What is the probability of a constant being between two random variables (i.e. P(X < a < Y)) in terms of the joint probability distribution function of X and Y. X and Y are not independent, otherwise it would be really simple.

  • $\begingroup$ It is also really simple: Hint: $$\{x<a<y\}=\{x<a\}\cap\{a<y\}$$ $\endgroup$ – Xi'an Nov 20 '17 at 19:19
  • $\begingroup$ Oh, yeah, its $\int_{a}^{0} \int_{0}^{a} f(x,y)dxdy$ right? $\endgroup$ – Sam Baker Nov 20 '17 at 19:25
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    $\begingroup$ The bounds depend on the support of $(X,Y)$ but $\int_a^0$ is certainly incorrect. $\endgroup$ – Xi'an Nov 20 '17 at 19:31
  • $\begingroup$ Made a mistake again. I meant $\int_{a}^{inf} \int_{-inf}^{a} f(x,y)dxdy$ $\endgroup$ – Sam Baker Nov 20 '17 at 19:32
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    $\begingroup$ Drawing a picture of this event in the $(X,Y)$ plane will make the answer evident. $\endgroup$ – whuber Nov 20 '17 at 19:34

The figure (below) answers the question.

It reveals a complication: when the distribution is not continuous at $X=a,$ we have to take care not to include the chance of the event $X=a\lt Y$ in our calculation. This is done by "sneaking up" to the answer as a limit. Therein lies the interest in this question.

By definition, the joint probability function is

$$F_{XY}(x,y) = \Pr(X \le x\text{ and } Y \le y).$$

It determines the marginal probability functions $F_X$ and $F_Y$ as

$$\lim_{y\to\infty} F_{XY}(x,y) = \Pr(X \le x) = F_X(x)$$


$$\lim_{x\to\infty} F_{XY}(x,y) = \Pr(Y \le y) = F_Y(y).$$

We can almost get to the solution in the form

$$\Pr(X \le a \lt Y) = \Pr(X\le a) - \Pr(X\le a, Y \le a) = F_{X}(a) - F_{XY}(a,a)$$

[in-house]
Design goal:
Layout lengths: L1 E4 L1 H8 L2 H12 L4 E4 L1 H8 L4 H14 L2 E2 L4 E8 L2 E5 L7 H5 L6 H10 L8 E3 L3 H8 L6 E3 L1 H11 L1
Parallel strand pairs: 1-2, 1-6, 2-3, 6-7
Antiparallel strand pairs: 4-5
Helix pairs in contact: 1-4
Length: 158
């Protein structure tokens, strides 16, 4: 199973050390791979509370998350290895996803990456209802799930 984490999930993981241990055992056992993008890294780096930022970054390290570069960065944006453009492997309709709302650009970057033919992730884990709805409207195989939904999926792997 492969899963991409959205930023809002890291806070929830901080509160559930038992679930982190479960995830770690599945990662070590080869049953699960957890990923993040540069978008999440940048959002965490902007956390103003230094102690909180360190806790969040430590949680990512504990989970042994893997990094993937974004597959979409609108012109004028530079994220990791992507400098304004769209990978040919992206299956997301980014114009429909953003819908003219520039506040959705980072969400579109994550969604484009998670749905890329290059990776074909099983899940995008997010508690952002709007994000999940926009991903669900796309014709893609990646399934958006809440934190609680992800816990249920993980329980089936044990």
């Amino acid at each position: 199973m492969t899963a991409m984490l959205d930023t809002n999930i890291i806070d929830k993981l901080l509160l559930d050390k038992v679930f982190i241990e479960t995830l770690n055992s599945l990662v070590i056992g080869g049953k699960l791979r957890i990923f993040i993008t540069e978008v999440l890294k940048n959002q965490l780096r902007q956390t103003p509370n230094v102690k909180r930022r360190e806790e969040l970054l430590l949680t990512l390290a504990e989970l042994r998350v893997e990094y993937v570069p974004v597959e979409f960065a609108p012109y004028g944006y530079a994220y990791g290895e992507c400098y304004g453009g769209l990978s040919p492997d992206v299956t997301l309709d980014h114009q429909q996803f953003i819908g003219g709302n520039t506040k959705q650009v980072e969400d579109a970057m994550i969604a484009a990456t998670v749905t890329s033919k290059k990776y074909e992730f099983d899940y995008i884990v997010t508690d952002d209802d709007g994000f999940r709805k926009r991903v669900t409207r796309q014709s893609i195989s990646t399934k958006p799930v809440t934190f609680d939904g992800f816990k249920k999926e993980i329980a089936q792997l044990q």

because the event $X\le a$ is the disjoint union of the events $X\le a \lt Y$ and the intersection of $X\le a$ with $Y \le a.$ See the figure.

Figure showing the events

In this figure, we seek the probability of the upper left quadrant--which does not include its boundary rays. This quadrant is the left open half-plane (that is, without its vertical boundary) with the lower left quadrant (including its upper boundary) removed.

This solution works when $F_X$ is continuous at $a,$ because the chance that $X=a$ is nil. However, the only way to account for that chance in full generality is to notice that the event $X\lt a$ is the union of the events $X \lt a-\epsilon$ for all $\epsilon \gt 0,$ whence

$$\Pr(X \lt a \lt Y) = \lim_{\epsilon\to 0^+} \left(F_{X}(a-\epsilon) - F_{XY}(a-\epsilon,a)\right).$$

Notice this implicitly involves double limits because $F_X$ is determined from $F_{XY}$ via a limiting process.

BTW, all the limits in this question always exist, because they are all limits of non-decreasing bounded functions: every one of them is a limit of probabilities computed over a sequence of larger and larger sets (each a superset of all the preceding ones) and, of course, probabilities are bounded by $1.$


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